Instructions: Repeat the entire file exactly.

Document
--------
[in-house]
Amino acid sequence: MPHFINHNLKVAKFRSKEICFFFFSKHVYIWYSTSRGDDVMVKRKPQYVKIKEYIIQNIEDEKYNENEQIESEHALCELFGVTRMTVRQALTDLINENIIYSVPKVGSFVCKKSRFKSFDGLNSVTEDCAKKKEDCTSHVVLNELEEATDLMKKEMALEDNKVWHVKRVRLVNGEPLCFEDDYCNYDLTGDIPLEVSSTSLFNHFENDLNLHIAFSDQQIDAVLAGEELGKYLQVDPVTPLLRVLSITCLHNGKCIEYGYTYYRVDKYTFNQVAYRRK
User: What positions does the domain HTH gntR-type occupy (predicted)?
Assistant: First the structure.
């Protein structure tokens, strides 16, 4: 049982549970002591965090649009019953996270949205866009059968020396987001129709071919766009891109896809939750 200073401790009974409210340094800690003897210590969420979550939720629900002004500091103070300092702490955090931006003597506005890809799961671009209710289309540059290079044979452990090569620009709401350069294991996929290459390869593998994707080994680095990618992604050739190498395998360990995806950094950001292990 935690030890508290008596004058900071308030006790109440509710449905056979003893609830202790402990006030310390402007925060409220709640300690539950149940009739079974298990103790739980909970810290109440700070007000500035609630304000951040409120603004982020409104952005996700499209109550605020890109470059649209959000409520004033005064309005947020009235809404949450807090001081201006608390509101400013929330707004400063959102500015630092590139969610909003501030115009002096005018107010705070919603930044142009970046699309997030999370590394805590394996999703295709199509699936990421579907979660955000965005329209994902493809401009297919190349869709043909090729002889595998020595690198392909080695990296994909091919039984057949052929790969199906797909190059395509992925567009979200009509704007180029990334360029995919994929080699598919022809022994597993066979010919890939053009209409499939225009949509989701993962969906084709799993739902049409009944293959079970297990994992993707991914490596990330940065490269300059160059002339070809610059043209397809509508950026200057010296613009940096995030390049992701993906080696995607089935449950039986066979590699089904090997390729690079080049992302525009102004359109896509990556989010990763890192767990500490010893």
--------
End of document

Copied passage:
[in-house]
Amino acid sequence: MPHFINHNLKVAKFRSKEICFFFFSKHVYIWYSTSRGDDVMVKRKPQYVKIKEYIIQNIEDEKYNENEQIESEHALCELFGVTRMTVRQALTDLINENIIYSVPKVGSFVCKKSRFKSFDGLNSVTEDCAKKKEDCTSHVVLNELEEATDLMKKEMALEDNKVWHVKRVRLVNGEPLCFEDDYCNYDLTGDIPLEVSSTSLFNHFENDLNLHIAFSDQQIDAVLAGEELGKYLQVDPVTPLLRVLSITCLHNGKCIEYGYTYYRVDKYTFNQVAYRRK
User: What positions does the domain HTH gntR-type occupy (predicted)?
Assistant: First the structure.
């Protein structure tokens, strides 16, 4: 049982549970002591965090649009019953996270949205866009059968020396987001129709071919766009891109896809939750 200073401790009974409210340094800690003897210590969420979550939720629900002004500091103070300092702490955090931006003597506005890809799961671009209710289309540059290079044979452990090569620009709401350069294991996929290459390869593998994707080994680095990618992604050739190498395998360990995806950094950001292990 935690030890508290008596004058900071308030006790109440509710449905056979003893609830202790402990006030310390402007925060409220709640300690539950149940009739079974298990103790739980909970810290109440700070007000500035609630304000951040409120603004982020409104952005996700499209109550605020890109470059649209959000409520004033005064309005947020009235809404949450807090001081201006608390509101400013929330707004400063959102500015630092590139969610909003501030115009002096005018107010705070919603930044142009970046699309997030999370590394805590394996999703295709199509699936990421579907979660955000965005329209994902493809401009297919190349869709043909090729002889595998020595690198392909080695990296994909091919039984057949052929790969199906797909190059395509992925567009979200009509704007180029990334360029995919994929080699598919022809022994597993066979010919890939053009209409499939225009949509989701993962969906084709799993739902049409009944293959079970297990994992993707991914490596990330940065490269300059160059002339070809610059043209397809509508950026200057010296613009940096995030390049992701993906080696995607089935449950039986066979590699089904090997390729690079080049992302525009102004359109896509990556989010990763890192767990500490010893």